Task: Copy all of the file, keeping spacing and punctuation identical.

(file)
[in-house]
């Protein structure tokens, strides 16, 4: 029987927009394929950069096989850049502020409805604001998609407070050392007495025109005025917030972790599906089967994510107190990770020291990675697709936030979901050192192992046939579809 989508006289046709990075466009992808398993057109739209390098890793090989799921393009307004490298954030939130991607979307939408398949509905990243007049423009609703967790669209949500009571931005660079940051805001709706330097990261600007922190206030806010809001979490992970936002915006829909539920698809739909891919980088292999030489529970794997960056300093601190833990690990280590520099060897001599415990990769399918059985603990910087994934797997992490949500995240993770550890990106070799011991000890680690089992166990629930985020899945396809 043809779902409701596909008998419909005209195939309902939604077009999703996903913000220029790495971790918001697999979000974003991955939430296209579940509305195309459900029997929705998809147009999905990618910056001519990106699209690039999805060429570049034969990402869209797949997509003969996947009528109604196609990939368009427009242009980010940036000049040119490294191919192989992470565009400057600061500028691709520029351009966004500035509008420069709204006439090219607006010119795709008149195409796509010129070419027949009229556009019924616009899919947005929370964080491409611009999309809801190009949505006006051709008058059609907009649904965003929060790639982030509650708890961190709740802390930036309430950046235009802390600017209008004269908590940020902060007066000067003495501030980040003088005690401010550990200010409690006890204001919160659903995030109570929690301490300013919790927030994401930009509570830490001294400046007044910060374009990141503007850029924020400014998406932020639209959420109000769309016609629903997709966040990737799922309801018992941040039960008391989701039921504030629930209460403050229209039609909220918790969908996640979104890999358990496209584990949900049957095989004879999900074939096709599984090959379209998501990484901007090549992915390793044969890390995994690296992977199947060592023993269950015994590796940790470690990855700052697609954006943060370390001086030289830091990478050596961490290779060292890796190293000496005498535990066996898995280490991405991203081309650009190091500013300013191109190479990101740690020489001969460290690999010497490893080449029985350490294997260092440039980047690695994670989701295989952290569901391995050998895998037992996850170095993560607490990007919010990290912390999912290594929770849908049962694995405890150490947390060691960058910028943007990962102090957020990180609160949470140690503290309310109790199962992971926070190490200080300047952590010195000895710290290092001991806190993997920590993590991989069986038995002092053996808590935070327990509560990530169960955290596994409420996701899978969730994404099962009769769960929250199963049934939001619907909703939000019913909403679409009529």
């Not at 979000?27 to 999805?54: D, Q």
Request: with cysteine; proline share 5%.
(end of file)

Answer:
[in-house]
């Protein structure tokens, strides 16, 4: 029987927009394929950069096989850049502020409805604001998609407070050392007495025109005025917030972790599906089967994510107190990770020291990675697709936030979901050192192992046939579809 989508006289046709990075466009992808398993057109739209390098890793090989799921393009307004490298954030939130991607979307939408398949509905990243007049423009609703967790669209949500009571931005660079940051805001709706330097990261600007922190206030806010809001979490992970936002915006829909539920698809739909891919980088292999030489529970794997960056300093601190833990690990280590520099060897001599415990990769399918059985603990910087994934797997992490949500995240993770550890990106070799011991000890680690089992166990629930985020899945396809 043809779902409701596909008998419909005209195939309902939604077009999703996903913000220029790495971790918001697999979000974003991955939430296209579940509305195309459900029997929705998809147009999905990618910056001519990106699209690039999805060429570049034969990402869209797949997509003969996947009528109604196609990939368009427009242009980010940036000049040119490294191919192989992470565009400057600061500028691709520029351009966004500035509008420069709204006439090219607006010119795709008149195409796509010129070419027949009229556009019924616009899919947005929370964080491409611009999309809801190009949505006006051709008058059609907009649904965003929060790639982030509650708890961190709740802390930036309430950046235009802390600017209008004269908590940020902060007066000067003495501030980040003088005690401010550990200010409690006890204001919160659903995030109570929690301490300013919790927030994401930009509570830490001294400046007044910060374009990141503007850029924020400014998406932020639209959420109000769309016609629903997709966040990737799922309801018992941040039960008391989701039921504030629930209460403050229209039609909220918790969908996640979104890999358990496209584990949900049957095989004879999900074939096709599984090959379209998501990484901007090549992915390793044969890390995994690296992977199947060592023993269950015994590796940790470690990855700052697609954006943060370390001086030289830091990478050596961490290779060292890796190293000496005498535990066996898995280490991405991203081309650009190091500013300013191109190479990101740690020489001969460290690999010497490893080449029985350490294997260092440039980047690695994670989701295989952290569901391995050998895998037992996850170095993560607490990007919010990290912390999912290594929770849908049962694995405890150490947390060691960058910028943007990962102090957020990180609160949470140690503290309310109790199962992971926070190490200080300047952590010195000895710290290092001991806190993997920590993590991989069986038995002092053996808590935070327990509560990530169960955290596994409420996701899978969730994404099962009769769960929250199963049934939001619907909703939000019913909403679409009529």
């Not at 979000?27 to 999805?54: D, Q």
Request: with cysteine; proline share 5%.